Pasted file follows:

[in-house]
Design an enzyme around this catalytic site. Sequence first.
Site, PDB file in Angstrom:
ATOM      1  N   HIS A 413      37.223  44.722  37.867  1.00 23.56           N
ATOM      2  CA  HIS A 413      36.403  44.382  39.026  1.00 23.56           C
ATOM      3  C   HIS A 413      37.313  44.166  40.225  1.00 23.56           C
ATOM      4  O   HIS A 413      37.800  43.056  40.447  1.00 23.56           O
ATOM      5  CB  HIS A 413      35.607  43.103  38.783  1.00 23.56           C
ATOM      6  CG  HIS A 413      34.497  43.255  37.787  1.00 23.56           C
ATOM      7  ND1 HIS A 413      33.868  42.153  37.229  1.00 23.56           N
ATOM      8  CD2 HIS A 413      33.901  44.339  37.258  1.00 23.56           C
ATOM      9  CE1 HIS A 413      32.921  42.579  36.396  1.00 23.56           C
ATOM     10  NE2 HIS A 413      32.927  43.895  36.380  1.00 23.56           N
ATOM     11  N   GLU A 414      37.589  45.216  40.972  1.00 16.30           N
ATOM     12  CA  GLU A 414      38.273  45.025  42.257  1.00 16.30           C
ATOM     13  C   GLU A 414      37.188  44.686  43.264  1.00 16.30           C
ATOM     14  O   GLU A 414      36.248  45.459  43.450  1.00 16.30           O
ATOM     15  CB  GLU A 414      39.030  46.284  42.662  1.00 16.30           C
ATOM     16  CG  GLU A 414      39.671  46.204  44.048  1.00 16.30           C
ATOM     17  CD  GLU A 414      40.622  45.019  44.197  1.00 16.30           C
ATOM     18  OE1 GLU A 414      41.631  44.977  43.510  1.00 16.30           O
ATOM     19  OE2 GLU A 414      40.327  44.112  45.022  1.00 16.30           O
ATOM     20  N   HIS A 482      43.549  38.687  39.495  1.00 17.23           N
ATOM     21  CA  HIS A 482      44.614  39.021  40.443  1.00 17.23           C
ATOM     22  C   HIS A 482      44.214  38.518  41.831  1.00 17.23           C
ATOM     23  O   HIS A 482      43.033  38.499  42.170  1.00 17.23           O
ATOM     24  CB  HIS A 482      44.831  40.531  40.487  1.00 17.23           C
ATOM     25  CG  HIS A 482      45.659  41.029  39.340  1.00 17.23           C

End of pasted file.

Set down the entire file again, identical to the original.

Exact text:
[in-house]
Design an enzyme around this catalytic site. Sequence first.
Site, PDB file in Angstrom:
ATOM      1  N   HIS A 413      37.223  44.722  37.867  1.00 23.56           N
ATOM      2  CA  HIS A 413      36.403  44.382  39.026  1.00 23.56           C
ATOM      3  C   HIS A 413      37.313  44.166  40.225  1.00 23.56           C
ATOM      4  O   HIS A 413      37.800  43.056  40.447  1.00 23.56           O
ATOM      5  CB  HIS A 413      35.607  43.103  38.783  1.00 23.56           C
ATOM      6  CG  HIS A 413      34.497  43.255  37.787  1.00 23.56           C
ATOM      7  ND1 HIS A 413      33.868  42.153  37.229  1.00 23.56           N
ATOM      8  CD2 HIS A 413      33.901  44.339  37.258  1.00 23.56           C
ATOM      9  CE1 HIS A 413      32.921  42.579  36.396  1.00 23.56           C
ATOM     10  NE2 HIS A 413      32.927  43.895  36.380  1.00 23.56           N
ATOM     11  N   GLU A 414      37.589  45.216  40.972  1.00 16.30           N
ATOM     12  CA  GLU A 414      38.273  45.025  42.257  1.00 16.30           C
ATOM     13  C   GLU A 414      37.188  44.686  43.264  1.00 16.30           C
ATOM     14  O   GLU A 414      36.248  45.459  43.450  1.00 16.30           O
ATOM     15  CB  GLU A 414      39.030  46.284  42.662  1.00 16.30           C
ATOM     16  CG  GLU A 414      39.671  46.204  44.048  1.00 16.30           C
ATOM     17  CD  GLU A 414      40.622  45.019  44.197  1.00 16.30           C
ATOM     18  OE1 GLU A 414      41.631  44.977  43.510  1.00 16.30           O
ATOM     19  OE2 GLU A 414      40.327  44.112  45.022  1.00 16.30           O
ATOM     20  N   HIS A 482      43.549  38.687  39.495  1.00 17.23           N
ATOM     21  CA  HIS A 482      44.614  39.021  40.443  1.00 17.23           C
ATOM     22  C   HIS A 482      44.214  38.518  41.831  1.00 17.23           C
ATOM     23  O   HIS A 482      43.033  38.499  42.170  1.00 17.23           O
ATOM     24  CB  HIS A 482      44.831  40.531  40.487  1.00 17.23           C
ATOM     25  CG  HIS A 482      45.659  41.029  39.340  1.00 17.23           C